There were various reasons for this collapse. By the mid-1950s, encouraged by government subsidies, a mid-shore fleet developed. It comprised mainly trawlersvessels between 50 to 100 feet long. In the 1960s, Canada subsidized an offshore fleet to compete with foreign vessels in the North Atlantic. By the early 1970s, one fishery after another began to collapsefirst ground fish, then herring and later, salmon.
Prompted by this, the government began to introduce regulationsissuing licences and limiting entry. The co-operatives could not fight these processes. Angry fishermen, therefore, decided to create a union.
None of them, however, knew how a union was organized. A group of them set out for the west coast, at the other end of the country, to find out.
They were disillusioned by what they found none of the unions there comprised exclusively of inshore fishermen, and many received government grants.
The entire history of the MFU is a struggle to remain autonomous and represent only the demands of the inshore workers. It paid a big price for this but, importantly, it retained credibility in the eyes of the fishermen.
On the other hand, they were also very suspicious of leadership that came from outside. As they were all full-time fishermen and many were semi-literate, they were forced to seek the help of outsiders. But, until someone proved himself, it was always a constant struggle.
Despite all their efforts to pressure legislators, they were constantly let down because the bureaucrats could not accept the fact that small-scale boatowners could unionize.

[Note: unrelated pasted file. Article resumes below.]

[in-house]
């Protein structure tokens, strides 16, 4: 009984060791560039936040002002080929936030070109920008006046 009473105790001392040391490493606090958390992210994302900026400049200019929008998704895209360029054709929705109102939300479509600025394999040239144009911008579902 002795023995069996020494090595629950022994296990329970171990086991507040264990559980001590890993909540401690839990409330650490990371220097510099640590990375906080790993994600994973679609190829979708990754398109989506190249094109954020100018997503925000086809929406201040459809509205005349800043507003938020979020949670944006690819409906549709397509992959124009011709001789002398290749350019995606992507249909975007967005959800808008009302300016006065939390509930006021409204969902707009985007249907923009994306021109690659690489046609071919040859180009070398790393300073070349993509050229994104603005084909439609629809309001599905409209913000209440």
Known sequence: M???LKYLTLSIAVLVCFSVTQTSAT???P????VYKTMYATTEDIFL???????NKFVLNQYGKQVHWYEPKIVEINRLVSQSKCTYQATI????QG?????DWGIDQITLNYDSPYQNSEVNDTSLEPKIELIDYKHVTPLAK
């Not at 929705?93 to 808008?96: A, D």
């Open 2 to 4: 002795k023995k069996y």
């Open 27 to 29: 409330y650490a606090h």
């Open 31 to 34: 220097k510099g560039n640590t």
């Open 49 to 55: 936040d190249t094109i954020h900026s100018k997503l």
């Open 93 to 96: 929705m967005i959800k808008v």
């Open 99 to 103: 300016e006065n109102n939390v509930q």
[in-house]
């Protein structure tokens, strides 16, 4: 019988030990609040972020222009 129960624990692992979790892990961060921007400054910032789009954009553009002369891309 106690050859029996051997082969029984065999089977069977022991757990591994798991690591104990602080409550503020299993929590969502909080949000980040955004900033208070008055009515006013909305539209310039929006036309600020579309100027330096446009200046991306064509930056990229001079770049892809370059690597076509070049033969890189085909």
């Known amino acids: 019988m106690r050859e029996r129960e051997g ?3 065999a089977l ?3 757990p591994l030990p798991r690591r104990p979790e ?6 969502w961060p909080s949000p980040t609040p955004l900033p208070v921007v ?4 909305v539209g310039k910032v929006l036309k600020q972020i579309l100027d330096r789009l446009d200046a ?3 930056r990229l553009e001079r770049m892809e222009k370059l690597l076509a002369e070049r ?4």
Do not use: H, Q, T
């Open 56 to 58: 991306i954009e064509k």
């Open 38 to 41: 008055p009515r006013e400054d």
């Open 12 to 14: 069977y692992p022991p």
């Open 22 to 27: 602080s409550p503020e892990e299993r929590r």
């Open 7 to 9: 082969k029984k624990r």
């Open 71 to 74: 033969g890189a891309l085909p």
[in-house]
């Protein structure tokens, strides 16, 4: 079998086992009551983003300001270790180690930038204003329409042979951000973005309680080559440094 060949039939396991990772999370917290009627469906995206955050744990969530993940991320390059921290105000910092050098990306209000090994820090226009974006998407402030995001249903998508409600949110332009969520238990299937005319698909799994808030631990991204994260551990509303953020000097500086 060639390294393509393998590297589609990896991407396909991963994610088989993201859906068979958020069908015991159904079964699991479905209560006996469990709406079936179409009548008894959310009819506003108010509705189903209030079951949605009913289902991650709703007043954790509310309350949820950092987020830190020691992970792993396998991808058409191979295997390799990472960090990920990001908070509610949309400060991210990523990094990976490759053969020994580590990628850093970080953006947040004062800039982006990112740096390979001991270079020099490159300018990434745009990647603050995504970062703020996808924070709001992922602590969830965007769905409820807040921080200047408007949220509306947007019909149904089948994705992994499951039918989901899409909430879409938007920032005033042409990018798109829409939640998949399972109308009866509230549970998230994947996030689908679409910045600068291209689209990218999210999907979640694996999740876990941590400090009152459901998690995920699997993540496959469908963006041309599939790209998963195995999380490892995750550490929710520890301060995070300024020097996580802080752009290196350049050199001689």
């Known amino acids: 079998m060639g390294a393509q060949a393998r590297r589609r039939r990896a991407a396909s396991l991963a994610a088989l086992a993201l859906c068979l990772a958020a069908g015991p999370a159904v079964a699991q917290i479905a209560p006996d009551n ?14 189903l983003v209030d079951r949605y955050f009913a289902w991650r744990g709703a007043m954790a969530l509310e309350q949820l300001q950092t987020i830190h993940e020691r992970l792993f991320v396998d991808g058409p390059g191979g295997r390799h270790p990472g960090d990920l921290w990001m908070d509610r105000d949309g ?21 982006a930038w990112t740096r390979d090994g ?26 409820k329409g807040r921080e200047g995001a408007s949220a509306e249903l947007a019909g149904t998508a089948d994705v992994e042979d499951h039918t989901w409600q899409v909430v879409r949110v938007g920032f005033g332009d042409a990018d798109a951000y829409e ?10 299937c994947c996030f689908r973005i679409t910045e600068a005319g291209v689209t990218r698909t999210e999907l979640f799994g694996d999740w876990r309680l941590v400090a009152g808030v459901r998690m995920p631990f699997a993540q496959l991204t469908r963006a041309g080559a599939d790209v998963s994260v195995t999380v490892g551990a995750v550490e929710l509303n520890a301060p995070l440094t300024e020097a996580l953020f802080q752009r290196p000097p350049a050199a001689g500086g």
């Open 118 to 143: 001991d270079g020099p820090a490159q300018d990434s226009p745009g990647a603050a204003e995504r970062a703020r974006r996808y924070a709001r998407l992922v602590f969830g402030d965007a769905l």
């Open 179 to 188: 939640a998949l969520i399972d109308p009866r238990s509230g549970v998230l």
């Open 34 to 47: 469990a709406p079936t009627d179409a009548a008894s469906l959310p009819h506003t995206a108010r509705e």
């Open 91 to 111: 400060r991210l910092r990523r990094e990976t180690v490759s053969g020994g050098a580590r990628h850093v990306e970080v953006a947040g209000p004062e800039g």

The government instituted one commission after another to look into the matter. Even though some reports were in favour of granting fishermen the right to unionize, there was always some opposition. The only course left then was to act. The fishermen undertook many collective actions like burning trawlers that came to offload their catch, picketing officials and holding large street demonstrations. Many of these campaigns actively involved women who did most of the organizing work.
It was only in 1975, when the fisheries crisis intensified, that the newly elected fisheries minister, Romeo LeBlanc, began to seriously heed the demands of the fishermen. There was also the question of the 200-mile zone and the ministry was eager to safeguard this right for Canadians.
So it pushed for the organization of a fishermen’s association called the Nova Scotia Fishermen’s Association (NSFA). This was seen as a kind of yellow’ union, so by 1977, the militant fishermen went on to organize their own union, the MFU. Since it took an unambiguous stand on behalf of the workers, the MFU began to be associated with the Left.
Some of its full-timers like Gilles Theriault were indeed inspired by Marxism, and the nature of their commitment to the cause of the fishermen and the manner in which they tackled the authorities gave reason for suspicion and distrust.